Moderator : Michal Valko

Tue 7 Dec 1 a.m. PST
— 2 a.m. PST

Abstract:

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Tue 7 Dec. 1:00 - 1:15 PST

(Oral)

Yuanhao Wang · Ruosong Wang · Sham Kakade

A fundamental question in the theory of reinforcement learning is: suppose the optimal $Q$-function lies in the linear span of a given $d$ dimensional feature mapping, is sample-efficient reinforcement learning (RL) possible? The recent and remarkable result of Weisz et al. (2020) resolves this question in the negative, providing an exponential (in $d$) sample size lower bound, which holds even if the agent has access to a generative model of the environment. One may hope that such a lower can be circumvented with an even stronger assumption that there is a \emph{constant gap} between the optimal $Q$-value of the best action and that of the second-best action (for all states); indeed, the construction in Weisz et al. (2020) relies on having an exponentially small gap. This work resolves this subsequent question, showing that an exponential sample complexity lower bound still holds even if a constant gap is assumed. Perhaps surprisingly, this result implies an exponential separation between the online RL setting and the generative model setting, where sample-efficient RL is in fact possible in the latter setting with a constant gap. Complementing our negative hardness result, we give two positive results showing that provably sample-efficient RL is possible either under an additional low-variance assumption or under a novel hypercontractivity assumption.

Tue 7 Dec. 1:20 - 1:35 PST

(Oral)

David Abel · Will Dabney · Anna Harutyunyan · Mark Ho · Michael Littman · Doina Precup · Satinder Singh

Reward is the driving force for reinforcement-learning agents. This paper is dedicated to understanding the expressivity of reward as a way to capture tasks that we would want an agent to perform. We frame this study around three new abstract notions of “task” that might be desirable: (1) a set of acceptable behaviors, (2) a partial ordering over behaviors, or (3) a partial ordering over trajectories. Our main results prove that while reward can express many of these tasks, there exist instances of each task type that no Markov reward function can capture. We then provide a set of polynomial-time algorithms that construct a Markov reward function that allows an agent to optimize tasks of each of these three types, and correctly determine when no such reward function exists. We conclude with an empirical study that corroborates and illustrates our theoretical findings.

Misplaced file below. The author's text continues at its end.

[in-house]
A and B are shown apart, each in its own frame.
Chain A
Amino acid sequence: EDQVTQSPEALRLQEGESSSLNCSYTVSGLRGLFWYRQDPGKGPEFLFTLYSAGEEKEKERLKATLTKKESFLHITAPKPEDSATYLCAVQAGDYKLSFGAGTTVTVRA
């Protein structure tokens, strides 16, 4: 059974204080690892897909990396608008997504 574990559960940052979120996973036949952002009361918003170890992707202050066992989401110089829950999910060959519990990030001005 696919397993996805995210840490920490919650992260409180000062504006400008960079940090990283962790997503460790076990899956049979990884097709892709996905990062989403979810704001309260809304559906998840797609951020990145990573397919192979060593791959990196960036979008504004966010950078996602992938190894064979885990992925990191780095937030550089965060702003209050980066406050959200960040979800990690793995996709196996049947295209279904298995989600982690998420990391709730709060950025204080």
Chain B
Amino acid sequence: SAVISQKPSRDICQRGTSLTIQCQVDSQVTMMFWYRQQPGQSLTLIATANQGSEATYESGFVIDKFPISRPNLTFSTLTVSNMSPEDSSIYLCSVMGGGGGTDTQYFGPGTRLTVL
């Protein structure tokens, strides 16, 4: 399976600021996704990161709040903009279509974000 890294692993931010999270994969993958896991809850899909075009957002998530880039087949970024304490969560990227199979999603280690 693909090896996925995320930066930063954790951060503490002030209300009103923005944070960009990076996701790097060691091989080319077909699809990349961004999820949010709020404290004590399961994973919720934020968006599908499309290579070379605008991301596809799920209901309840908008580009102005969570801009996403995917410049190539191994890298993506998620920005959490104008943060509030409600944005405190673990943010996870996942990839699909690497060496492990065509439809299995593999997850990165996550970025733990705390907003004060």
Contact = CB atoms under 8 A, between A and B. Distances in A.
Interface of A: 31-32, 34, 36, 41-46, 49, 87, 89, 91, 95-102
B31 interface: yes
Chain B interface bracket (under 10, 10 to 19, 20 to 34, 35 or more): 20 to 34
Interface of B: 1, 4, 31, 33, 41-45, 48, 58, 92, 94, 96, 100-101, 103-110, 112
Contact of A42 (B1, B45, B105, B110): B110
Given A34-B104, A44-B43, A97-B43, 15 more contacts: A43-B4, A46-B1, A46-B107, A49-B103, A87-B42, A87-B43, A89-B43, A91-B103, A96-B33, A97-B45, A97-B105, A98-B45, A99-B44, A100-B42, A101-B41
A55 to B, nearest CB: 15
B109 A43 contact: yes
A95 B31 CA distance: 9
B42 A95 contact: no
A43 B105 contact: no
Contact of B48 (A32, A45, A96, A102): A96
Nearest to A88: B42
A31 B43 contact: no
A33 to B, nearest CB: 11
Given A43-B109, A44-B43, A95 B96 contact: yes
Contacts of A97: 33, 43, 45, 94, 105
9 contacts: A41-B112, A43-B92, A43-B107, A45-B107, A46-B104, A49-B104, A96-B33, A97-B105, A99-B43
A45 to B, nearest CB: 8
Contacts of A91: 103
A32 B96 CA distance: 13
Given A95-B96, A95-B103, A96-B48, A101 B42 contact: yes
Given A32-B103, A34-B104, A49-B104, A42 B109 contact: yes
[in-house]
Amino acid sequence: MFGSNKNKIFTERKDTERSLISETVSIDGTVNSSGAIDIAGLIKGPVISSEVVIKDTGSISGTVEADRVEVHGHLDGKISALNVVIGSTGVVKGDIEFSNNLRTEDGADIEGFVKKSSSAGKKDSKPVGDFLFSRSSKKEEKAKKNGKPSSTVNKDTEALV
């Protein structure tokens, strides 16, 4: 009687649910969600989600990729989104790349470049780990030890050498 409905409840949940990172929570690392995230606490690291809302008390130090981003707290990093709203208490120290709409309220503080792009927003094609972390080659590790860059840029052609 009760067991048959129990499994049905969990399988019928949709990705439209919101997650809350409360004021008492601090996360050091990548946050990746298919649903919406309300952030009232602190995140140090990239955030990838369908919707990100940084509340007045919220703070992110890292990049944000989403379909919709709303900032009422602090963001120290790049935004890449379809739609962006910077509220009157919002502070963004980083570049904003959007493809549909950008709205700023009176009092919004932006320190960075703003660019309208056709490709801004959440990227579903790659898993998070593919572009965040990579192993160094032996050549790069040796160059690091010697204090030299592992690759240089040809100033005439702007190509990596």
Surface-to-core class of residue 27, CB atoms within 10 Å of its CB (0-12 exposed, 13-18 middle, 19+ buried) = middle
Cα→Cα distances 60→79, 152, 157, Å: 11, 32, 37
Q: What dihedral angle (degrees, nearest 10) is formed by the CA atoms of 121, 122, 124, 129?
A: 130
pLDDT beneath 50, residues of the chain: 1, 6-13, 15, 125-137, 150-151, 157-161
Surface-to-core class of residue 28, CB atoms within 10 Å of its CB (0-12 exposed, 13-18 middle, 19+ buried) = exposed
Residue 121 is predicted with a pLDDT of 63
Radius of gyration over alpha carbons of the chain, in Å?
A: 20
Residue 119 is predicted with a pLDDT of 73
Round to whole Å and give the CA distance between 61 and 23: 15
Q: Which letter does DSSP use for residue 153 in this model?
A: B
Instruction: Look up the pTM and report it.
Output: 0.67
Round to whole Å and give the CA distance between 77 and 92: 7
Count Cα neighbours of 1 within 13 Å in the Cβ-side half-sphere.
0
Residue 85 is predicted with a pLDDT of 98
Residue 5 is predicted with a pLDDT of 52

Tue 7 Dec. 1:40 - 1:55 PST

(Oral)

Tiancheng Jin · Longbo Huang · Haipeng Luo

We consider the best-of-both-worlds problem for learning an episodic Markov Decision Process through $T$ episodes, with the goal of achieving $\widetilde{\mathcal{O}}(\sqrt{T})$ regret when the losses are adversarial and simultaneously $\mathcal{O}(\log T)$ regret when the losses are (almost) stochastic. Recent work by [Jin and Luo, 2020] achieves this goal when the fixed transition is known, and leaves the case of unknown transition as a major open question. In this work, we resolve this open problem by using the same Follow-the-Regularized-Leader (FTRL) framework together with a set of new techniques. Specifically, we first propose a loss-shifting trick in the FTRL analysis, which greatly simplifies the approach of [Jin and Luo, 2020] and already improves their results for the known transition case. Then, we extend this idea to the unknown transition case and develop a novel analysis which upper bounds the transition estimation error by the regret itself in the stochastic setting, a key property to ensure $\mathcal{O}(\log T)$ regret.